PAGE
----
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Enter the haze of Kurt Vile’s newest record


“Wanna live, wanna live / A life like mine / Ah baby, well, get in line.”

If you’re unfamiliar with Kurt Vile, considered by many to be indie rock’s resident “Dude” Lebowski, this line from his new album “b’lieve i’m goin down” might ring with uncalled-for egotism. But if you’re familiar with his brand of so-called “stoner” wisdom (though, as he quipped on his previous album, he’s never “touched the stuff”), then you probably won’t take this line too seriously. You may see it as just another case of Vile’s irony — his false bravado just another example of his knack for mingling humor and sadness.

Content-wise, Kurt Vile’s lyrics have always bridged this divide between high and low, evoking laughter and melancholy in the span of a line. This makes it hard to take his sadness or happiness too seriously. After all, Vile’s previous album “Wakin on a Pretty Daze” essentially opens with the line, “Phone ringing off the shelf / I guess he wanted to kill himself.”

Though “b’lieve i’m goin down” continues this trend, Vile has said in interviews that this album is gloomier, a so-called “night album,” in contrast to 2013’s sun- and reverb-drenched “Wakin on a Pretty Daze.” In addition to being more melancholy than his previous album, “b’lieve i’m goin down” is also, strangely, funnier.

The album opens with “Pretty Pimpin’,” a lively, guitar-driven song about loss of identity, which tells the tale of Vile waking up in the morning and not recognizing himself in the mirror, “[brushing] some stranger’s teeth,” as he puts it. Kurt Vile has said in interviews that this song, along with many songs on the album, came out of a dark place. But in true Kurt Vile fashion, he flips the mood on the listener with a joke, describing the stranger in the mirror: “He was sporting all my clothes / I gotta say, pretty pimpin’.”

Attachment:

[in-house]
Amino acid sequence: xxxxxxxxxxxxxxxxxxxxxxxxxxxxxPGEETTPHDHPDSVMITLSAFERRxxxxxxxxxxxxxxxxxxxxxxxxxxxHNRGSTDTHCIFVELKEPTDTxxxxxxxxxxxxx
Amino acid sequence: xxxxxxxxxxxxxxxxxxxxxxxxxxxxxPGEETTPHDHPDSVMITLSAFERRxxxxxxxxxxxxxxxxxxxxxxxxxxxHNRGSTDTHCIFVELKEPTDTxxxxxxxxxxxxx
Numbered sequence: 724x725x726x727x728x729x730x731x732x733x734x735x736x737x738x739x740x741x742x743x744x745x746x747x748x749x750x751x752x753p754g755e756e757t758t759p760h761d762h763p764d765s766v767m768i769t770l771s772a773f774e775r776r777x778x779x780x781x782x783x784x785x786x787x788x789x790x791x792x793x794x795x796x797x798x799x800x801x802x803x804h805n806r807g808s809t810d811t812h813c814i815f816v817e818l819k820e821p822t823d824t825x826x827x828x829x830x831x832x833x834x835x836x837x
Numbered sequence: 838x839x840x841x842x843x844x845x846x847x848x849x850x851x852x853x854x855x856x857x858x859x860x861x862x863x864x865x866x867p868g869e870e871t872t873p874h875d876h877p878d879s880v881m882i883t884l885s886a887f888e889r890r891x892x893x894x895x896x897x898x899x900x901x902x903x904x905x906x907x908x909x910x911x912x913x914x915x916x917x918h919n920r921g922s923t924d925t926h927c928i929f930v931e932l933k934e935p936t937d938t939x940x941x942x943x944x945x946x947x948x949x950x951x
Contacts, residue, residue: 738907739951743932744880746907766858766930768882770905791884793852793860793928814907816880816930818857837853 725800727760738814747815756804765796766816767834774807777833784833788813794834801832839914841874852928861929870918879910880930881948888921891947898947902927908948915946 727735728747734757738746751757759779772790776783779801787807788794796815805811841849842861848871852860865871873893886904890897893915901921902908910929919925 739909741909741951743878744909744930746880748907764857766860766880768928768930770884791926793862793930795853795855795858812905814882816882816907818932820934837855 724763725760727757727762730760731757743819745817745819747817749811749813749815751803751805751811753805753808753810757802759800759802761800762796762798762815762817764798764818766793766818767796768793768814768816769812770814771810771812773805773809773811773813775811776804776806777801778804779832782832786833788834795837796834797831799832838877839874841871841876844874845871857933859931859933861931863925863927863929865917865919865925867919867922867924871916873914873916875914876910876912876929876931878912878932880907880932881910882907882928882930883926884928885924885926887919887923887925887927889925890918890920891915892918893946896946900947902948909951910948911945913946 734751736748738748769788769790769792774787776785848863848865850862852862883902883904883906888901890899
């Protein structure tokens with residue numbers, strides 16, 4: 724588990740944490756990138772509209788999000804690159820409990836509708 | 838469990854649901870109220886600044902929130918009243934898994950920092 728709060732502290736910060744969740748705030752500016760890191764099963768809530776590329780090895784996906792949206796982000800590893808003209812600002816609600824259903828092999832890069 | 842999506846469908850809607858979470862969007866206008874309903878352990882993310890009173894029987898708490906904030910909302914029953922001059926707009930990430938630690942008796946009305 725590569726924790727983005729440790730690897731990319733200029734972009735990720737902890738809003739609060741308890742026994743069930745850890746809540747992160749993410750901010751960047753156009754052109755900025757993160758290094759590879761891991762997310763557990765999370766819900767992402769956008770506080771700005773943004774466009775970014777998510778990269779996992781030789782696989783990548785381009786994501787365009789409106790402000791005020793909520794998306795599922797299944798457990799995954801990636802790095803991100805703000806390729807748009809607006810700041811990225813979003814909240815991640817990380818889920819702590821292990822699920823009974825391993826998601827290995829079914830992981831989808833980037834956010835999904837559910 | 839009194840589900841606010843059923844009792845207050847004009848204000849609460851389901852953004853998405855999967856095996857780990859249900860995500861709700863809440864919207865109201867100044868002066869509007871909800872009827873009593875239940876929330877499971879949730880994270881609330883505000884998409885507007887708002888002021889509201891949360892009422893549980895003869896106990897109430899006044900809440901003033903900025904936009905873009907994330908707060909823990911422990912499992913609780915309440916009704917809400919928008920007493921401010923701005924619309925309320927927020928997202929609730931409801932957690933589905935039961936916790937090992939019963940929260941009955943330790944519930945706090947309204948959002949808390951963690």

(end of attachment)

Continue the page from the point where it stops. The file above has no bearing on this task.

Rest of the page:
Kurt Vile, live in concert. (Courtesy of Bill Ebbesen, Wikimedia Commons)
Kurt Vile performs live in concert. (Courtesy of Bill Ebbessen, Wikimedia Commons)

The ever-shifting mood of Vile’s world, which doles out melancholy and humor in equal measure, makes for a compelling listen. Unlike many artists who explore melancholy and angst, Vile doesn’t take his pondering too seriously, always cutting short any existential navel-gazing with a snarky turn of phrase.

At times, Vile cuts out the musings entirely and lets his agile guitar-picking do the talking. Musically and conceptually, “b’lieve i’m goin down” more resembles 2011’s “Smoke Ring for My Halo” (another so-called “night album”) than 2013’s “Wakin on a Pretty Daze.” “b’lieve” also brings in other instruments — such as piano (“Life Like This” and “Lost My Head there”) and banjo (“Outlaw”) — to share the guitar’s spotlight.

Despite such adornment and a lively opening track, “b’lieve i’m goin down” feels like a quieter, more introspective album than Vile’s previous efforts in many ways. Emphasizing this change is the fact that, in general, the album features less reverb and more acoustic guitar. Such an alteration, however, does nothing to clear the smoky haze of Vile’s surreal, enveloping world.

Indeed, Kurt Vile’s wizard-like guitar playing, his low-down, dusty baritone, in addition to a well-placed piano chord or two, are more than enough to pull the listener into his unique fog. And what an enjoyable fog it is.

Contact Tyler Dunston at tdunston ‘at’

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Tyler Dunston is a music writer for the Stanford Daily. He is a junior majoring in English and minoring in Art Practice. To contact him, e-mail tdunston 'at'